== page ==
The banks that set up the deals tend to be enthusiastic about hedging. Drummond Gill, managing director of ScotiaMocatta, the Bank of Nova Scotia's metals trading arm, said hedging removes the risk of volatile markets, leaving only the "operational risk" of running a mine.

But according to Mr. Klapwijk: "The judicious use of hedging has been shown to be profitable in the past. Whether it will be so in the future is another question."

Hedging began in earnest in the late 1980's, but serious doubts surfaced in 1999 when a sudden jump in the gold price, from $254 to $326 an ounce in less than a month, caught two miners, Cambior Inc. of Canada and Ashanti Goldfields of Ghana, with very wrong bets through hedging contracts. Both companies were plunged into financial crisis, and have since restructured.

More recently, sliding interest rates have made hedging less profitable for the central banks that lend their bullion for forward sales. According to Mr. Gill of ScotiaMocatta, the banks' lease rates for borrowed bullion are down to 1.1 percent, from 4.5 percent in mid-1999.

In addition, the one-year contango, or the difference between spot prices and forward prices, has narrowed to $3 an ounce, from $15 a few years ago.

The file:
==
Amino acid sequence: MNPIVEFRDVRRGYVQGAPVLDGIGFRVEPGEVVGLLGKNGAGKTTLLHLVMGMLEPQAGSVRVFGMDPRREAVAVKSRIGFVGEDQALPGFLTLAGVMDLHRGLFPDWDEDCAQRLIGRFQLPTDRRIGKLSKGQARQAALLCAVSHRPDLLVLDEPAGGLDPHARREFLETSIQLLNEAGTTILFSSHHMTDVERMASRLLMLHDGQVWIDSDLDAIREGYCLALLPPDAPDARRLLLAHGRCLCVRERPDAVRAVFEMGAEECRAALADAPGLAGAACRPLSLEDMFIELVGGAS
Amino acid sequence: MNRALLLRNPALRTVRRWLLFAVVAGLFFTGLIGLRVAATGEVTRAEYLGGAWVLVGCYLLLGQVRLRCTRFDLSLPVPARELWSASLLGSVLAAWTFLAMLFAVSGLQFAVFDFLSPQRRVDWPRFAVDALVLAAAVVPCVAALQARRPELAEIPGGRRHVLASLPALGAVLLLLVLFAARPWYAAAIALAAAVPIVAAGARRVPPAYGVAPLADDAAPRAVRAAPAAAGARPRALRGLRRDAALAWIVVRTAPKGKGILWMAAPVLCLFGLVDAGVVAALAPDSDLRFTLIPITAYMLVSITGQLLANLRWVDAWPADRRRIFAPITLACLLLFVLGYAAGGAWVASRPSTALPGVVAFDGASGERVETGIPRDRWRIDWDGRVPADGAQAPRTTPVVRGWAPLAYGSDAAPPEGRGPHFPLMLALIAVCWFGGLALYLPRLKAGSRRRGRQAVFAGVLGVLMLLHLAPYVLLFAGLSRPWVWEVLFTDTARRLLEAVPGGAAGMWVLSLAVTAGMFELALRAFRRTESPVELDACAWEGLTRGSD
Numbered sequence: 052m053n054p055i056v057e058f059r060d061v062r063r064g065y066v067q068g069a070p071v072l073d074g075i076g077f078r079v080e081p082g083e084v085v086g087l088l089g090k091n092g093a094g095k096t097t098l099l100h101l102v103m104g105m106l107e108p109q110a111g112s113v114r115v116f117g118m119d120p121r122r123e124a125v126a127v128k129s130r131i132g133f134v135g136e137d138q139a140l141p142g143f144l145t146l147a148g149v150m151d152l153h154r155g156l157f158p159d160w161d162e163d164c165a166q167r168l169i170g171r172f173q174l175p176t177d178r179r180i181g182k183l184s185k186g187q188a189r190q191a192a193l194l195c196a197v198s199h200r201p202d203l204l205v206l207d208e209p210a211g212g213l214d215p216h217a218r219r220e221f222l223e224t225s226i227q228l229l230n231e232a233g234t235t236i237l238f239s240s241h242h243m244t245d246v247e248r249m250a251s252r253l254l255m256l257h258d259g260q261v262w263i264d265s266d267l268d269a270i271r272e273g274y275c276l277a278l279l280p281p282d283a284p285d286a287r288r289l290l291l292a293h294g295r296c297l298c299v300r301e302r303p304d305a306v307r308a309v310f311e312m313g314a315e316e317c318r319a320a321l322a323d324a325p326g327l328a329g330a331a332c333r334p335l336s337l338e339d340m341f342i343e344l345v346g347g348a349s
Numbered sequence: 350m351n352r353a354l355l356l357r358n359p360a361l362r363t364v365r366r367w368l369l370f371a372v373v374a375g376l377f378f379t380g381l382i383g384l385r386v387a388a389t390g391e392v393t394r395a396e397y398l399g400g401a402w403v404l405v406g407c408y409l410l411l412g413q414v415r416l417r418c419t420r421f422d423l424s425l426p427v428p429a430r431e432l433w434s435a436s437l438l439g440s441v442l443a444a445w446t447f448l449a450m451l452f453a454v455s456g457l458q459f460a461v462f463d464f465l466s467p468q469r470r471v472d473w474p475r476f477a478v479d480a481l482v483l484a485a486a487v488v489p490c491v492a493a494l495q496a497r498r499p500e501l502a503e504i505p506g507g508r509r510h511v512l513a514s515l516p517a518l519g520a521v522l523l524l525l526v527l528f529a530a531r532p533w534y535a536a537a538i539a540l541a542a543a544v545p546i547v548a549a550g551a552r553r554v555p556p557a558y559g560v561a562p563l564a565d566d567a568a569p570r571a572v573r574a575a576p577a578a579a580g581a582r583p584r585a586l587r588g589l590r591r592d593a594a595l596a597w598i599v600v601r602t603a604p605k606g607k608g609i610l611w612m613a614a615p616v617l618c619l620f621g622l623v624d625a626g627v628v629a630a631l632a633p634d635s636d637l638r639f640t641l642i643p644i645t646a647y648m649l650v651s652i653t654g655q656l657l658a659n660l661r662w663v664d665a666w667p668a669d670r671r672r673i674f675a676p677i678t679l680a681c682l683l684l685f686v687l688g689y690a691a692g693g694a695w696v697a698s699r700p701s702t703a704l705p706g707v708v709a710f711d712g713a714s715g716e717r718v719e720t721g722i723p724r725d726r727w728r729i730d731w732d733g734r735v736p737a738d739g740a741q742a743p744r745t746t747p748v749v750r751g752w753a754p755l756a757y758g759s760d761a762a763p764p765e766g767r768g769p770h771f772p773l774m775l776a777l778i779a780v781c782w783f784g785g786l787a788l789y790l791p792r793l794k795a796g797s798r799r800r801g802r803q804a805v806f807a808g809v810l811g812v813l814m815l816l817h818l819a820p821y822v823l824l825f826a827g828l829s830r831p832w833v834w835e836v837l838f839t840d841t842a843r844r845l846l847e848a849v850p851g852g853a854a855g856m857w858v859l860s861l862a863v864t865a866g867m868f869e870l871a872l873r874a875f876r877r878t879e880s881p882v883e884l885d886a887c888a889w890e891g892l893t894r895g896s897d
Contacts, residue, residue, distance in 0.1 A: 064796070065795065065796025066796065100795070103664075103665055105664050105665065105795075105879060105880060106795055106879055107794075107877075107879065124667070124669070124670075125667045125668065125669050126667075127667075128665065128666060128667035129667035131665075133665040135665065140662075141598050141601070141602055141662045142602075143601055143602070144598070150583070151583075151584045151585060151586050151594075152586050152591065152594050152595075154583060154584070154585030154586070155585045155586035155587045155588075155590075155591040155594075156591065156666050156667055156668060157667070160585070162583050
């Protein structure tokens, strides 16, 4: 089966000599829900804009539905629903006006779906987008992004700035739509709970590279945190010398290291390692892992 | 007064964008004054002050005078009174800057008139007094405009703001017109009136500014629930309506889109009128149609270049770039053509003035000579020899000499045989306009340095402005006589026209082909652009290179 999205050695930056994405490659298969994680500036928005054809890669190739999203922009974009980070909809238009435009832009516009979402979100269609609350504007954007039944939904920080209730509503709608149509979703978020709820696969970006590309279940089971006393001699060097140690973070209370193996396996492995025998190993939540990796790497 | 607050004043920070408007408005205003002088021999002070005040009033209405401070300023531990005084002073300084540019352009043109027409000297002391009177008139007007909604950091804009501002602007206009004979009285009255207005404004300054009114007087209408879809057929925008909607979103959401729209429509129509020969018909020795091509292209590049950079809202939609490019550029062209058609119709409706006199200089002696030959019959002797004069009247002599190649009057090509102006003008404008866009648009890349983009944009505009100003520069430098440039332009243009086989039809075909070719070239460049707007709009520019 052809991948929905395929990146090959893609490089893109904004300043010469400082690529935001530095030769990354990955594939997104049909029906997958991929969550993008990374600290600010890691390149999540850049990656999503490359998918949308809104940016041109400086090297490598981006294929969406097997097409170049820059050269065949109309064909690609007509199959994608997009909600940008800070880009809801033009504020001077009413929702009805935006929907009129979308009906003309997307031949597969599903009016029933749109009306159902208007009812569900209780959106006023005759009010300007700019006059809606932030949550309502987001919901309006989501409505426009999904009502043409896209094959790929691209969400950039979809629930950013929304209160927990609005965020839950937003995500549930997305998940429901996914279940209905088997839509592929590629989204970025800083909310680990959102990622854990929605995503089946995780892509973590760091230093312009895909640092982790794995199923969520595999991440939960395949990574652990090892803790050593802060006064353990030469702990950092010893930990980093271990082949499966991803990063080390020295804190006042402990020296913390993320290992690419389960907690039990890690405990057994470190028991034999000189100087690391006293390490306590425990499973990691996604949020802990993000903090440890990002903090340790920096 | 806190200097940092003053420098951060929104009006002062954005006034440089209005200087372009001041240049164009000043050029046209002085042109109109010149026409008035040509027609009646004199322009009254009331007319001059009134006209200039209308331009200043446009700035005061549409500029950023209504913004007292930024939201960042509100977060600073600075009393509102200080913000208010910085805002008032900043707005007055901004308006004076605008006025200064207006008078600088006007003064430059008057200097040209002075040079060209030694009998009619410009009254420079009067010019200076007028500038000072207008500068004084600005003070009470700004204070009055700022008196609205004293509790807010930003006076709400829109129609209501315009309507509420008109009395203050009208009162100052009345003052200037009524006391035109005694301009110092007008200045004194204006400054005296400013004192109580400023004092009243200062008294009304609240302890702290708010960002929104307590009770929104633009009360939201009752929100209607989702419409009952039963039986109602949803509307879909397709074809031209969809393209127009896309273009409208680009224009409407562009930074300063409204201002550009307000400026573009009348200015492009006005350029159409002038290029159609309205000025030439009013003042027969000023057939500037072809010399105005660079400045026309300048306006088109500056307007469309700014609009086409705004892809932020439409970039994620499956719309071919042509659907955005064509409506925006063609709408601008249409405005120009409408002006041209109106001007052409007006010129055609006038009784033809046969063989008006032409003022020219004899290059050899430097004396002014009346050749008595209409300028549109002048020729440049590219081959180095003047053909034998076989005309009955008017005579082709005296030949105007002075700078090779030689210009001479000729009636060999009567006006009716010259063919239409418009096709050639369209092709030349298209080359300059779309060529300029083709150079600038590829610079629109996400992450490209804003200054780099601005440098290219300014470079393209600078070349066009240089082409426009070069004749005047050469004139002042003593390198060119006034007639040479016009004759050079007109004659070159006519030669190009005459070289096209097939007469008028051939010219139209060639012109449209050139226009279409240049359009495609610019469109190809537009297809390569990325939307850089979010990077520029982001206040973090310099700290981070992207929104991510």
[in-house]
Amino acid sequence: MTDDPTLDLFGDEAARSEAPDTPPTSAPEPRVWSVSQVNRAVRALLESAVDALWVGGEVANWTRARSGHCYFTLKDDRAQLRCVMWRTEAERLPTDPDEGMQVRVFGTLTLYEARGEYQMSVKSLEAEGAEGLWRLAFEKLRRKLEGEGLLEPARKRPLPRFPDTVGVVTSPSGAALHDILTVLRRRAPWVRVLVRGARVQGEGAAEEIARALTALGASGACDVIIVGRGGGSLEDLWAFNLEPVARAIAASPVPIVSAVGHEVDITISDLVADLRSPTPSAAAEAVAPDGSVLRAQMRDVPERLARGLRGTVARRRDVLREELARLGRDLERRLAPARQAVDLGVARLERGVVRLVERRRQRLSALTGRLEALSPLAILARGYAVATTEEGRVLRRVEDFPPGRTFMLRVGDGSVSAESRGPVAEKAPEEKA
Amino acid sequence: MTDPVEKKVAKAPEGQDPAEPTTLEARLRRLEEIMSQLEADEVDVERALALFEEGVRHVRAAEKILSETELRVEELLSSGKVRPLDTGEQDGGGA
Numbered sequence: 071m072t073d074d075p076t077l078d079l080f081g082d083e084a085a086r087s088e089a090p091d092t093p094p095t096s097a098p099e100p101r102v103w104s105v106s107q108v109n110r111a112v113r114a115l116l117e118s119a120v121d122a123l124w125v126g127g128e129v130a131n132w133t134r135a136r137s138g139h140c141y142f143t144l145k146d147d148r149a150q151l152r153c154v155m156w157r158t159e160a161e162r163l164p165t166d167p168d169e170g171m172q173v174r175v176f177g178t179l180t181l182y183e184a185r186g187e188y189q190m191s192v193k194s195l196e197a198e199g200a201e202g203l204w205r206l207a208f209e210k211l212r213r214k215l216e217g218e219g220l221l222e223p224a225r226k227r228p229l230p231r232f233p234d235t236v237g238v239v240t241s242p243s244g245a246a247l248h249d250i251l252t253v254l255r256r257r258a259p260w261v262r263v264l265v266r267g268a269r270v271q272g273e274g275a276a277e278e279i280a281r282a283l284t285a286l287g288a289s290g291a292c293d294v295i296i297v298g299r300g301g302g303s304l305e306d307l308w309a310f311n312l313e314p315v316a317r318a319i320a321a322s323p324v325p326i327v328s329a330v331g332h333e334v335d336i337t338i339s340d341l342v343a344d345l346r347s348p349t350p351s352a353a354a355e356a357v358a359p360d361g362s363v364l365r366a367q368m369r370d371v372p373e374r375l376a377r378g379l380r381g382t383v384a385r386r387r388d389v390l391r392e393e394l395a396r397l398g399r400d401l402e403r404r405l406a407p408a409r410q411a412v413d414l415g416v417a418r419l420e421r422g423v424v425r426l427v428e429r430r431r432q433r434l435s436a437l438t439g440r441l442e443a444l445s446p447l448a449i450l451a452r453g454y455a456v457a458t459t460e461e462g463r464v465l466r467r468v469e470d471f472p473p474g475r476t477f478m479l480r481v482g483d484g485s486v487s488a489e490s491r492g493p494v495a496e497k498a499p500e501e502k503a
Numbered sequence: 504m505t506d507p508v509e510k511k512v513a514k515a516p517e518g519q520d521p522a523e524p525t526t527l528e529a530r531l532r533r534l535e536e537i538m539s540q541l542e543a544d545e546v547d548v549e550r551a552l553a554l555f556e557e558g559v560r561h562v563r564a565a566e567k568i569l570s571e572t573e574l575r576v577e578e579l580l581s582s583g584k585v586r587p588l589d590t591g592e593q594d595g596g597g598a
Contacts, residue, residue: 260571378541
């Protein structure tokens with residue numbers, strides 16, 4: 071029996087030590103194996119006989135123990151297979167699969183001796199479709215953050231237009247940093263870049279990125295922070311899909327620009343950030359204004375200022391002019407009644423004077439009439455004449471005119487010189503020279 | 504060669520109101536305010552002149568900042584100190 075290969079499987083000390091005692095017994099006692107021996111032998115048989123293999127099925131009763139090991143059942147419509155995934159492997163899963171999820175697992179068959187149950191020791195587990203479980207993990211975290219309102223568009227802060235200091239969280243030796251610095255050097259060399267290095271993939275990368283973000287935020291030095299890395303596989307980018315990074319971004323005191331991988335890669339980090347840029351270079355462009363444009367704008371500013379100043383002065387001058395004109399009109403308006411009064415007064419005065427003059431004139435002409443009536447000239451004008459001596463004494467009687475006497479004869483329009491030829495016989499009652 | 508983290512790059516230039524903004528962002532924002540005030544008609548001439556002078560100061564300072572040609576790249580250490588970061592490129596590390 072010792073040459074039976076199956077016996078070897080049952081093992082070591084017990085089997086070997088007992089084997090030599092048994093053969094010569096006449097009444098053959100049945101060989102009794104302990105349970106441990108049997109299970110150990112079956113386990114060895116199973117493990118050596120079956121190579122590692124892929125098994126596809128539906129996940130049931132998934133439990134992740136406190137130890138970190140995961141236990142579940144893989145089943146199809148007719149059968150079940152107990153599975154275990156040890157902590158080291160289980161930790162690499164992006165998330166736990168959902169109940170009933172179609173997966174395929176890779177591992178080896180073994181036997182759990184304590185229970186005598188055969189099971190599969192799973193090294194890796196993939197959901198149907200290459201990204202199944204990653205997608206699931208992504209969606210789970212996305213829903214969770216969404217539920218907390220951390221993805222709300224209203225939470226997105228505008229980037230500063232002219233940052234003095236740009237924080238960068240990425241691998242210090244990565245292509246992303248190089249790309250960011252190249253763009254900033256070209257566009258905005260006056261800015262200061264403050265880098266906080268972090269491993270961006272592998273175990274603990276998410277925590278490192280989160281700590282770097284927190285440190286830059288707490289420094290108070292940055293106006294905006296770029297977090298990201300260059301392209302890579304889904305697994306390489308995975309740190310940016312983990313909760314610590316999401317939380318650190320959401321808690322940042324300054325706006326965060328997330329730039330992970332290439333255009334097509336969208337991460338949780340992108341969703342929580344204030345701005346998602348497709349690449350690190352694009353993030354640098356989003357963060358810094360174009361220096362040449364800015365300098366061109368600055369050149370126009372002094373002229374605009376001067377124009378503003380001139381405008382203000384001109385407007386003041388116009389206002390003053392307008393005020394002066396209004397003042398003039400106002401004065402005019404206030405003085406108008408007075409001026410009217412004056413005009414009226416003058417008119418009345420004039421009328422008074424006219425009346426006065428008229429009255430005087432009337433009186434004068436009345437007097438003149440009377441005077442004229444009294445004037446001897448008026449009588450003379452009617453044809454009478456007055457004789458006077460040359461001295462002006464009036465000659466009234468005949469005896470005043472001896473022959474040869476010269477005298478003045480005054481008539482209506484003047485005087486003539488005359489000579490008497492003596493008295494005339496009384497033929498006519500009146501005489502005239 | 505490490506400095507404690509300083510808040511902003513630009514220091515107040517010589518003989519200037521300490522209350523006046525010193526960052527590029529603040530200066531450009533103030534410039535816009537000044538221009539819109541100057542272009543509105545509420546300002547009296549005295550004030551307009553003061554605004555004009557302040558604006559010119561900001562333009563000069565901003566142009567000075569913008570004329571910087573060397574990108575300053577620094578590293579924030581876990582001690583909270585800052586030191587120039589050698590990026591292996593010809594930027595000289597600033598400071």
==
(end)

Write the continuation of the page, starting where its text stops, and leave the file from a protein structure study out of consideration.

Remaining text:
There is also a growing chorus of criticism that forward sales help keep the gold price in the doldrums.

Hedging activity has indeed fallen off. Gold Fields estimates that producers hedged 100 fewer metric tons last year than in 2000, when hedging activity also declined.

Mr. Oliphant strongly defends Barrick's strategy. "The arguments have largely been the same for the past 10 or 15 years," he said, but "companies with the most consistent track records have generally been those that have been hedged."

Yet, even at Barrick, the antihedging arguments appear to have gained some ground. When the gold price climbed in 1999, Barrick bought call options so that it could profit from a further rise. With its recent acquisition of Homestake Mining, the share of Barrick's reserves committed to hedge contracts has dropped to 20 percent from 26 percent. And when Barrick publishes its 2001 earnings next month it is expected to say that it has stretched its hedge arrangements over a longer period, thereby lowering the proportion of current production that is insulated from movements in the gold price.

Mr. Oliphant declined to give details for now. But he confirmed that with a lower capital spending budget and more cash on hand "we can afford to have more near-term participation in the price of gold."


  • In your view, why would investors prefer to invest in the shares of a gold mining company that does not hedge away the risk of gold price fluctuations?
  • What would be the arguments in favor of hedging?
  • What hedging strategy do you recommend for Barrick, going forward?